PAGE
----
It’s all on now. Connor Bedard signed his entry-level deal with the Chicago Blackhawks on Monday, ringing in his 18th birthday with style. Before he can even step foot on the ice, a goal prediction has been set by FanDuel Canada:
Connor Bedard's goal total for his rookie season is set at 32.5 on @FanDuelCanada. 🚨
How many goals will he score this year? 🥅 pic.twitter.com/Lb0tnLhN6C
— TSN EDGE (@TSN_Edge) July 17, 2023
The fact that the line is set at 32.5 is significant. After all, Bedard tallied 12 goals in his first season of the Western Hockey League as a 15-year-old. How many games did it take him? 15. This was also in the midst of the Covid shortened year where he couldn’t get in the games as a normal season would allow.
The next season? 51 goals in 62 games and 100 points. Astute Blackhawks fans know he potted 71 goals with 143 points in just 57 games.
So 32.5? Seems reasonable. But what do comparables say?
A Look Back At Crosby, McDavid, and Matthews
Of the last ten drafts, the two players who are the best measuring sticks are Connor McDavid and Auston Matthews. Since Bedard was granted exceptional status back in 2020, the only reasonable players to compare him against are those who took the league by storm.
Sidney Crosby was the first real generational player the NHL had seen in some time. He promptly put up 39 goals and 102 points in 81 games. Yes, it was a different league but he was also on a team very similar in structure to what Bedard will have. That Pittsburgh club was veteran laden, and starting to bring in younger members of the eventual core who would be ready. Evgeni Malkin was a year away.
How about McDavid? In his rookie year, he potted 15 goals and finished with 32 points in 45 games. But–he missed 37 games due to a shoulder injury that had all of Edmonton holding its collective breath. But if stretched out to a full season, McDavid was good for 27.3 goals and 58 points. McDavid was considered generational and the injury was taken into account. His second season saw 30 goals and 100 points.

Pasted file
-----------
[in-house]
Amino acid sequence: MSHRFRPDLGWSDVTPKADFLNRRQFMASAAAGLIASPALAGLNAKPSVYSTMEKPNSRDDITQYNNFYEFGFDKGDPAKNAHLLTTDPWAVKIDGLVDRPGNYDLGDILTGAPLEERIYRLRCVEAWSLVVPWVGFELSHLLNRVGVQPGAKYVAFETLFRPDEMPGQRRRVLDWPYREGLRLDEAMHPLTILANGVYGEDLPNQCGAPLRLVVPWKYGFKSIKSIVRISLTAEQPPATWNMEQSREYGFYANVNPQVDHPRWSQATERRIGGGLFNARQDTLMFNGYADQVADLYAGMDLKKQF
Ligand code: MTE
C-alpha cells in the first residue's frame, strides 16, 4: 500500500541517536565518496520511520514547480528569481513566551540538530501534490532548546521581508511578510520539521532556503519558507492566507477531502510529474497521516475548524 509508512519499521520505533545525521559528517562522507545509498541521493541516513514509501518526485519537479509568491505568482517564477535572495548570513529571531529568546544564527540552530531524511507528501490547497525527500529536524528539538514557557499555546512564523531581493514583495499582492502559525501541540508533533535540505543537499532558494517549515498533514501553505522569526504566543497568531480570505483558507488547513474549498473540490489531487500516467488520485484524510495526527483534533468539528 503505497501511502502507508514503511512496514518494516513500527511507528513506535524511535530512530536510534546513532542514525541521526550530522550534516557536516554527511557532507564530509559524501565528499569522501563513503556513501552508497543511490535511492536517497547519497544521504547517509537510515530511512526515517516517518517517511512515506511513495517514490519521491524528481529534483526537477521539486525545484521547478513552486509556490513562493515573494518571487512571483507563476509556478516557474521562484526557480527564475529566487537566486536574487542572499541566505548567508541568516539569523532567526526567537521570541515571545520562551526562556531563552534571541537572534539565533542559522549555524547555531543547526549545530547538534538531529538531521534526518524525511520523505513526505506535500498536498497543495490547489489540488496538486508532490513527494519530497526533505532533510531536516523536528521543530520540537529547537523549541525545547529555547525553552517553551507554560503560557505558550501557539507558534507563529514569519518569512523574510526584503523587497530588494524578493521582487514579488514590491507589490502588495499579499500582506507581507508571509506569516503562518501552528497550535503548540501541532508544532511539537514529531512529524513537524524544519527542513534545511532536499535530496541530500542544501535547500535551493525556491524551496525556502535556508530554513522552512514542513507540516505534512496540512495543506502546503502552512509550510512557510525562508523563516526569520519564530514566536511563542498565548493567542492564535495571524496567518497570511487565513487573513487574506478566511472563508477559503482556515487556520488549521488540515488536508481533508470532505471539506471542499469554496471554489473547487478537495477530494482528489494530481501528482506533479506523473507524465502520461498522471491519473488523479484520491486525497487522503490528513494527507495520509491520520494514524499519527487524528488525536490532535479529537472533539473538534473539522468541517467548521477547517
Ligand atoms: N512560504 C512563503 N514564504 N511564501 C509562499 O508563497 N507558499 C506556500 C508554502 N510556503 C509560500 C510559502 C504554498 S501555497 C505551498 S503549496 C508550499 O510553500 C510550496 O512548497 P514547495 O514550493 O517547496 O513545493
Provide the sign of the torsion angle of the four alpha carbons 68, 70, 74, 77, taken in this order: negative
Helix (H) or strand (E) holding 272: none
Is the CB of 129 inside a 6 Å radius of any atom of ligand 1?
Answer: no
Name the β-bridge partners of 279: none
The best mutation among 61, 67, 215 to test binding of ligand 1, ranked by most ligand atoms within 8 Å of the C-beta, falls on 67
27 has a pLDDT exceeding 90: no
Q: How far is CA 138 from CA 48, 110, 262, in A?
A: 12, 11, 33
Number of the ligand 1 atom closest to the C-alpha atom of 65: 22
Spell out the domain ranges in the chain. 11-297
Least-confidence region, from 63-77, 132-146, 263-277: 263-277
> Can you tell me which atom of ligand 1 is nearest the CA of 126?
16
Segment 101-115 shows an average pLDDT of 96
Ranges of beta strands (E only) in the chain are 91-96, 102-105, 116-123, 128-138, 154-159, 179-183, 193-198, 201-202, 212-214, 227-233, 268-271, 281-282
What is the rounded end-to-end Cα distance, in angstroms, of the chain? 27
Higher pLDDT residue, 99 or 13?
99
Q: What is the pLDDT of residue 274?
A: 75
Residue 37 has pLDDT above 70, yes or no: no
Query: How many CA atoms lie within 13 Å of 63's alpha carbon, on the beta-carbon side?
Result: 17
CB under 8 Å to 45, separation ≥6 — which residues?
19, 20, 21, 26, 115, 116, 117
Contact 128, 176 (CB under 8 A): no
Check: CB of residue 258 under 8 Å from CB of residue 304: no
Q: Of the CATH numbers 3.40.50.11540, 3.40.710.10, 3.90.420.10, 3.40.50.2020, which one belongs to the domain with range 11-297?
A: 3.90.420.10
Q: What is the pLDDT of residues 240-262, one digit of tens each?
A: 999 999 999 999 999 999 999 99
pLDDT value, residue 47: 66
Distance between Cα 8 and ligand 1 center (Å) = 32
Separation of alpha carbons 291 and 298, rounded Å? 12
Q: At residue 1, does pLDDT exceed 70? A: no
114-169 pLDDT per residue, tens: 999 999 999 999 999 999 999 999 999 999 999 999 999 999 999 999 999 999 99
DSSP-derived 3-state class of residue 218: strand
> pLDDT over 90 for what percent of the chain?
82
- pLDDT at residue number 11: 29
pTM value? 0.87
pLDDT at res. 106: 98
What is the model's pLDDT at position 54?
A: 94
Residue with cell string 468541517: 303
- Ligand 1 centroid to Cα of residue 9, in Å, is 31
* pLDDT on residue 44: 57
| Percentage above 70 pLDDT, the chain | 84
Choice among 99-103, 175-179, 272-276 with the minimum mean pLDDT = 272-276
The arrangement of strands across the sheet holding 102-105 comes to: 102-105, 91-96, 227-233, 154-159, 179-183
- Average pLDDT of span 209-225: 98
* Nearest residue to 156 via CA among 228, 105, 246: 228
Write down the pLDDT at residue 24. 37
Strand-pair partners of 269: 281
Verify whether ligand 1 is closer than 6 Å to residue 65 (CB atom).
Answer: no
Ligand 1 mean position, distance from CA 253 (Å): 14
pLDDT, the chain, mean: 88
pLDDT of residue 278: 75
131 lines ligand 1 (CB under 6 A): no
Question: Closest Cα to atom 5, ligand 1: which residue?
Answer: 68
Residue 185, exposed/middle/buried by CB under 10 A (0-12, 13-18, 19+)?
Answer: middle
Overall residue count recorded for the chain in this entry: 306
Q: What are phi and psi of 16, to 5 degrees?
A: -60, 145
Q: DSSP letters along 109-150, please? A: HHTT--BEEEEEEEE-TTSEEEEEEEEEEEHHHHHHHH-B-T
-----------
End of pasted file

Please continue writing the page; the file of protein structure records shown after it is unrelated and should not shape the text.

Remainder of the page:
Disaster averted, especially in a hockey town that was used to its first overall picks not hitting as expected.
Finally, Matthews. In a full first season, Matthews buried 40 goals and 69 points. To hell with a point-per-game pace. 40 goals is incredible for a rookie setting foot into the league. He accounted for 16% of Toronto’s goals that season, and had cemented himself with William Nylander and Mitch Marner as the new young core for the Maple Leafs.
Bedard has Recent History on His Side
The foolish notion that Bedard would either hold out with Chicago or refuse to sign bordered on humorous. Anyone who has spent more than five minutes listening to the 18-year-old talk knows it wouldn’t have been his style. The hockey prodigy appears to be as modest as they come.
But when it comes to predictions, he’s also one to not only hit that mark, but likely surpass it. This from TSN’s Craig Button, who spoke of Bedard not setting the bar low via NHL.com’s Adam Kimelman’s podcast:
— Adam Kimelman (@NHLAdamK) July 17, 2023
“Having watched Connor for as long as I have now, I’d say don’t set the bar too low. He sets the bar high. He’s always been able to not only reach that bar, but to exceed that bar. I think that’s part of the brilliance of Connor. Whether he was fifteen going into the WHL bubble, whether he was going to the U18 in Dallas, Texas. The World Juniors, where the last player his age to dominate a World Junior tournament like he did like this last tourney was Wayne Gretzky in 1978.”
Button goes onto call him “adaptive” and cites it as another reason why success will follow Bedard to Chicago. One other note: Bedard has a contract chock full of incentives to the tune of $3.5 million. Puckpedia outlined the bonus incentives which only sets more goals for Bedard, which as Button astutely pointed out, he’ll likely scale.
So in short, is 32.5 reasonable as an over/under?
If history teaches us anything about Bedard, it might be too low.